Said Holmes: “A lot of people think we just go to coach Shaw, work on our running drills and go home. It’s probably something that nobody sees us do, use weights, but we get in a group and really work our tails off. I felt drastic improvement after my (last) year in college to my first year in the NFL after working out with coach Shaw. I’m going to continue training with him every year that I can.”

Additional Information:

Working on it for 2008

Speed-and-conditioning coach Tom Shaw describes what the four Steelers players, who trained with him last week at Disney’s Wide World of Sports, are working on for the 2008 season:

Linebacker James Farrior

‘He’s decreasing body fat, but he’s maintaining his explosive power and maintaining his speed.’

Receiver Santonio Holmes

‘We’re working on trying to strengthen his hamstrings and his (quadriceps) and his hip flexors, so he doesn’t have leg problems. He’s going to run routes all during training camp and then all through the season, so he’s got to get stronger.’

Cornerback Bryant McFadden

‘B-Mac is looking to start. He’s looking to become a millionaire this year. Hopefully, he’ll have an opportunity to prove that he can take over. That’s his goal.’

Cornerback Ike Taylor

‘He’s working on being explosive, maintaining his body weight because he has a metabolism that’s so fast that he loses weight real quick. We’re trying to keep his weight up, and we’re trying to get him to catch the ball better. We’re working on his hands.’

TribLIVE commenting policy

You are solely responsible for your comments and by using you agree to our Terms of Service.

We moderate comments. Our goal is to provide substantive commentary for a general readership. By screening submissions, we provide a space where readers can share intelligent and informed commentary that enhances the quality of our news and information.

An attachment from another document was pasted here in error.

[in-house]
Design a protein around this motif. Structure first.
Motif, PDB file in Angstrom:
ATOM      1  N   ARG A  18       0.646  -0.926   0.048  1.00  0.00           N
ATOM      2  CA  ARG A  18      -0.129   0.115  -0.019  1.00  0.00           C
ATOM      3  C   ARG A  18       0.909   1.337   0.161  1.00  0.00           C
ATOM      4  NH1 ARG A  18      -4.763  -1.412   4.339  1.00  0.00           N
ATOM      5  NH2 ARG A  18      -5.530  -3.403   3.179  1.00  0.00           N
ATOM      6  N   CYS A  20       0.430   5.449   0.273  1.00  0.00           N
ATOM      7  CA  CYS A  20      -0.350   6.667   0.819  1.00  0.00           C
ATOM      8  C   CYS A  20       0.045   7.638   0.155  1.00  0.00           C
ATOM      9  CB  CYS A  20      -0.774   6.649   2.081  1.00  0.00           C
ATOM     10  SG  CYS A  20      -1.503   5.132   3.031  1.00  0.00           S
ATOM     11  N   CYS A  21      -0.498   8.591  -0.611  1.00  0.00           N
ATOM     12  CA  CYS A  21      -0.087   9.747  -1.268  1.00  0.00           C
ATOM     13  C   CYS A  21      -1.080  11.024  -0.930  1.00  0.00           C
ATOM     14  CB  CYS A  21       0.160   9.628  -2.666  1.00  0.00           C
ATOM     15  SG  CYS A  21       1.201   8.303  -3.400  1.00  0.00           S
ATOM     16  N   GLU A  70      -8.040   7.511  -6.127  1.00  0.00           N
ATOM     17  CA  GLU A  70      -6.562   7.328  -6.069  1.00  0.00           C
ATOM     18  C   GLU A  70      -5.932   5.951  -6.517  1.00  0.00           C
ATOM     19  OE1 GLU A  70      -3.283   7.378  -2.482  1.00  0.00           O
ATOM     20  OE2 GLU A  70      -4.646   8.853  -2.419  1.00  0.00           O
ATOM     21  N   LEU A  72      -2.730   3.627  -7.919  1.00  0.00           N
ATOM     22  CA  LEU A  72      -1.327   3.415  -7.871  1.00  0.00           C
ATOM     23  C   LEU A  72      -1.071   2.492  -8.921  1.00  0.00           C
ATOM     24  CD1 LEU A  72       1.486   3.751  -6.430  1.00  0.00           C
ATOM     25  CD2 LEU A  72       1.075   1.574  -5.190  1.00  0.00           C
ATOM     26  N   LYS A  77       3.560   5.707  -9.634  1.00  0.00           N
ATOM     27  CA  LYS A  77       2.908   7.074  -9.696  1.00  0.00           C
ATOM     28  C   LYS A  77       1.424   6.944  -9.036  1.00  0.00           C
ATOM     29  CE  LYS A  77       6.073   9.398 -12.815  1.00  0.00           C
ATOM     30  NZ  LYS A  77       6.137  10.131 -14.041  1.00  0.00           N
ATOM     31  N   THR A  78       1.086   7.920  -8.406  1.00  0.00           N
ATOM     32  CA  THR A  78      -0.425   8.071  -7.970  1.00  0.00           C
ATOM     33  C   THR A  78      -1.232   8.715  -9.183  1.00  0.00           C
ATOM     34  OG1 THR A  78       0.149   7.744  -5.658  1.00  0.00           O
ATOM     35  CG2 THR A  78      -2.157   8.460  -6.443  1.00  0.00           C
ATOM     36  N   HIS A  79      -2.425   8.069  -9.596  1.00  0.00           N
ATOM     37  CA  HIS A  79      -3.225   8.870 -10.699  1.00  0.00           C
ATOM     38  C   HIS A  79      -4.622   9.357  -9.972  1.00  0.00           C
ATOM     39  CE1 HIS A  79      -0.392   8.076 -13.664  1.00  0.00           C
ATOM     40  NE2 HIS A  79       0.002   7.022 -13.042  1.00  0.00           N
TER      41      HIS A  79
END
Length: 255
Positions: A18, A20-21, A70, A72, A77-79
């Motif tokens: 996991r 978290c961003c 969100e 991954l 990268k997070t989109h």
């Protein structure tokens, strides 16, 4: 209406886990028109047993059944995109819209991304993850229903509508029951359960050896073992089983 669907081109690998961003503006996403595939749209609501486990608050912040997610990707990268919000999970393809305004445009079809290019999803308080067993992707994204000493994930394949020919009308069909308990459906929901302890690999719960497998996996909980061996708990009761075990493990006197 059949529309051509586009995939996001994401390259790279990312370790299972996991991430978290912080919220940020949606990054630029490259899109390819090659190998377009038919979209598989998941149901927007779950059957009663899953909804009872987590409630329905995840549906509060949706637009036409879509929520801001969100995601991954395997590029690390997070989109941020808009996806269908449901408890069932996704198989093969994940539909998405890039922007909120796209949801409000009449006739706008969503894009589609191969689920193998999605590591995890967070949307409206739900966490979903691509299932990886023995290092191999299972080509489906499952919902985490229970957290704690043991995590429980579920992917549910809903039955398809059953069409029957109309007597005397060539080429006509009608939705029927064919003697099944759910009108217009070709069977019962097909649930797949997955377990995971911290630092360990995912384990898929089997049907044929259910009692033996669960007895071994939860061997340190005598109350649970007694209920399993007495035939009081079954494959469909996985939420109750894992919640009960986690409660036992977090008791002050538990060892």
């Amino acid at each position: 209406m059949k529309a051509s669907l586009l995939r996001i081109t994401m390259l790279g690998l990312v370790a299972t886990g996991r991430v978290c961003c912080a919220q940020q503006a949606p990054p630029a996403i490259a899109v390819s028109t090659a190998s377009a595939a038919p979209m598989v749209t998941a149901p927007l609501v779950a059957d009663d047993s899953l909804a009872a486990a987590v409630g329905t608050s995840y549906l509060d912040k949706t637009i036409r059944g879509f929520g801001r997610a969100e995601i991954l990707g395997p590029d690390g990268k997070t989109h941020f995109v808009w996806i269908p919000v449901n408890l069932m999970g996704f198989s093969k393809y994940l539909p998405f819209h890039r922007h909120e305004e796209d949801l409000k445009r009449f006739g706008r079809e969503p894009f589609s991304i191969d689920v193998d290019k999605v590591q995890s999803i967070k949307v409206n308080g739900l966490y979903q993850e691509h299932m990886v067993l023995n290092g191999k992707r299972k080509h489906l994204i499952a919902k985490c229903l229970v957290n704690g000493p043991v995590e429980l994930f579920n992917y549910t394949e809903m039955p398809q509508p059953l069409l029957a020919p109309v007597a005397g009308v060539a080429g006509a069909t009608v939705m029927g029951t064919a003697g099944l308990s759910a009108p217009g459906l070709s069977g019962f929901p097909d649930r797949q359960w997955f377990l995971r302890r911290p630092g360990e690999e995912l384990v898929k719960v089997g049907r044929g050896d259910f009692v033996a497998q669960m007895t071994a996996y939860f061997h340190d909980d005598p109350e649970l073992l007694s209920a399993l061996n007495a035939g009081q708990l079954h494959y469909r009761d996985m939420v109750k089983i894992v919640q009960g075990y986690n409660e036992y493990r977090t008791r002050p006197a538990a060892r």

While most comments will be posted if they are on-topic and not abusive, moderating decisions are subjective. We will make them as carefully and consistently as we can. Because of the volume of reader comments, we cannot review individual moderation decisions with readers.

We value thoughtful comments representing a range of views that make their point quickly and politely. We make an effort to protect discussions from repeated comments either by the same reader or different readers

We follow the same standards for taste as the daily newspaper. A few things we won't tolerate: personal attacks, obscenity, vulgarity, profanity (including expletives and letters followed by dashes), commercial promotion, impersonations, incoherence, proselytizing and SHOUTING. Don't include URLs to Web sites.

We do not edit comments. They are either approved or deleted. We reserve the right to edit a comment that is quoted or excerpted in an article. In this case, we may fix spelling and punctuation.

We welcome strong opinions and criticism of our work, but we don't want comments to become bogged down with discussions of our policies and we will moderate accordingly.

We appreciate it when readers and people quoted in articles or blog posts point out errors of fact or emphasis and will investigate all assertions. But these suggestions should be sent via e-mail. To avoid distracting other readers, we won't publish comments that suggest a correction. Instead, corrections will be made in a blog post or in an article.